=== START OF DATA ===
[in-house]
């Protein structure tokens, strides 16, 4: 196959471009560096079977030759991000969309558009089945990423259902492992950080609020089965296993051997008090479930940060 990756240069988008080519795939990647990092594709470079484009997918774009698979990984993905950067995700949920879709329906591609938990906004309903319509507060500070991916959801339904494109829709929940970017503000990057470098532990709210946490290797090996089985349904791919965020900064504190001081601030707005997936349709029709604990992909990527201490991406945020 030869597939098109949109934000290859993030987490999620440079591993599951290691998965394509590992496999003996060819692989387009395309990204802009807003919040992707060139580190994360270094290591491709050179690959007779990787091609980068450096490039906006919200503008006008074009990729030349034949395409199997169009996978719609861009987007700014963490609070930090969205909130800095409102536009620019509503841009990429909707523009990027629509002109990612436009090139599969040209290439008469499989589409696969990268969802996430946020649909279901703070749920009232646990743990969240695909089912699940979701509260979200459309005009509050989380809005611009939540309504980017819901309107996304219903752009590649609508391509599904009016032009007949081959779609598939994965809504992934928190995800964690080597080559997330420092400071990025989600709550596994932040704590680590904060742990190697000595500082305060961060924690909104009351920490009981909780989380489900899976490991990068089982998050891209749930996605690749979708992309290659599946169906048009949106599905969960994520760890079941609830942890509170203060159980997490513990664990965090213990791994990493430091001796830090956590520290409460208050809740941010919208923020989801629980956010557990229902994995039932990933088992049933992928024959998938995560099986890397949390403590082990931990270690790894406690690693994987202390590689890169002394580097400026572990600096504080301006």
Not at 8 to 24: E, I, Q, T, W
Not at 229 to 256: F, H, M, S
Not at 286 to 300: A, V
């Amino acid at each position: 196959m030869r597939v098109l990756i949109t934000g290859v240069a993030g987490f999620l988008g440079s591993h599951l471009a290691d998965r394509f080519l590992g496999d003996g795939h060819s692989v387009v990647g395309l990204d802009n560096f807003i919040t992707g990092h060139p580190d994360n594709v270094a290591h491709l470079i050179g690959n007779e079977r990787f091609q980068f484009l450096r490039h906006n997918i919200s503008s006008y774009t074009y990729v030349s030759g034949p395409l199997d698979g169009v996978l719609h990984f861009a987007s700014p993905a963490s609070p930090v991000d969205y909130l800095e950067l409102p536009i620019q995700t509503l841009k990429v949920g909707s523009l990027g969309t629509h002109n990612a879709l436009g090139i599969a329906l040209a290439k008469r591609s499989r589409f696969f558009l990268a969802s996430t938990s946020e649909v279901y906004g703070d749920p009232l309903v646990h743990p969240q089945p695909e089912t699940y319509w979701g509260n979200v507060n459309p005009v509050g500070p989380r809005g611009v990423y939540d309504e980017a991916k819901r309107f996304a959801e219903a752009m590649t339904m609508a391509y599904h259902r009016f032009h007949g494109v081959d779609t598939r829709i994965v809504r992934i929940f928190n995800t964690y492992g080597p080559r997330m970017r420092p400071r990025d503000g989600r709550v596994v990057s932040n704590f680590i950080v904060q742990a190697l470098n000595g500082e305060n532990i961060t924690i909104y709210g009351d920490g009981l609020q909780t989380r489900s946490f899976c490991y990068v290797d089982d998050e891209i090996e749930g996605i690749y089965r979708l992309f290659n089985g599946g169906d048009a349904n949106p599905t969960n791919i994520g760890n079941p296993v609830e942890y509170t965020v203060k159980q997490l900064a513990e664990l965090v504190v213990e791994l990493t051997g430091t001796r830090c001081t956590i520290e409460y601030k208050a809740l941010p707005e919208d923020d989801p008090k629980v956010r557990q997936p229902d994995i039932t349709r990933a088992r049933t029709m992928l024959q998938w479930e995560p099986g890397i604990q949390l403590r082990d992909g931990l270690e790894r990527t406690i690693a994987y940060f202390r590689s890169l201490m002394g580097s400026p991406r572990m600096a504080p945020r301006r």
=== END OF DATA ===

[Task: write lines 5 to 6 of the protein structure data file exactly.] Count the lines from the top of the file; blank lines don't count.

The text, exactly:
Not at 286 to 300: A, V
């Amino acid at each position: 196959m030869r597939v098109l990756i949109t934000g290859v240069a993030g987490f999620l988008g440079s591993h599951l471009a290691d998965r394509f080519l590992g496999d003996g795939h060819s692989v387009v990647g395309l990204d802009n560096f807003i919040t992707g990092h060139p580190d994360n594709v270094a290591h491709l470079i050179g690959n007779e079977r990787f091609q980068f484009l450096r490039h906006n997918i919200s503008s006008y774009t074009y990729v030349s030759g034949p395409l199997d698979g169009v996978l719609h990984f861009a987007s700014p993905a963490s609070p930090v991000d969205y909130l800095e950067l409102p536009i620019q995700t509503l841009k990429v949920g909707s523009l990027g969309t629509h002109n990612a879709l436009g090139i599969a329906l040209a290439k008469r591609s499989r589409f696969f558009l990268a969802s996430t938990s946020e649909v279901y906004g703070d749920p009232l309903v646990h743990p969240q089945p695909e089912t699940y319509w979701g509260n979200v507060n459309p005009v509050g500070p989380r809005g611009v990423y939540d309504e980017a991916k819901r309107f996304a959801e219903a752009m590649t339904m609508a391509y599904h259902r009016f032009h007949g494109v081959d779609t598939r829709i994965v809504r992934i929940f928190n995800t964690y492992g080597p080559r997330m970017r420092p400071r990025d503000g989600r709550v596994v990057s932040n704590f680590i950080v904060q742990a190697l470098n000595g500082e305060n532990i961060t924690i909104y709210g009351d920490g009981l609020q909780t989380r489900s946490f899976c490991y990068v290797d089982d998050e891209i090996e749930g996605i690749y089965r979708l992309f290659n089985g599946g169906d048009a349904n949106p599905t969960n791919i994520g760890n079941p296993v609830e942890y509170t965020v203060k159980q997490l900064a513990e664990l965090v504190v213990e791994l990493t051997g430091t001796r830090c001081t956590i520290e409460y601030k208050a809740l941010p707005e919208d923020d989801p008090k629980v956010r557990q997936p229902d994995i039932t349709r990933a088992r049933t029709m992928l024959q998938w479930e995560p099986g890397i604990q949390l403590r082990d992909g931990l270690e790894r990527t406690i690693a994987y940060f202390r590689s890169l201490m002394g580097s400026p991406r572990m600096a504080p945020r301006r």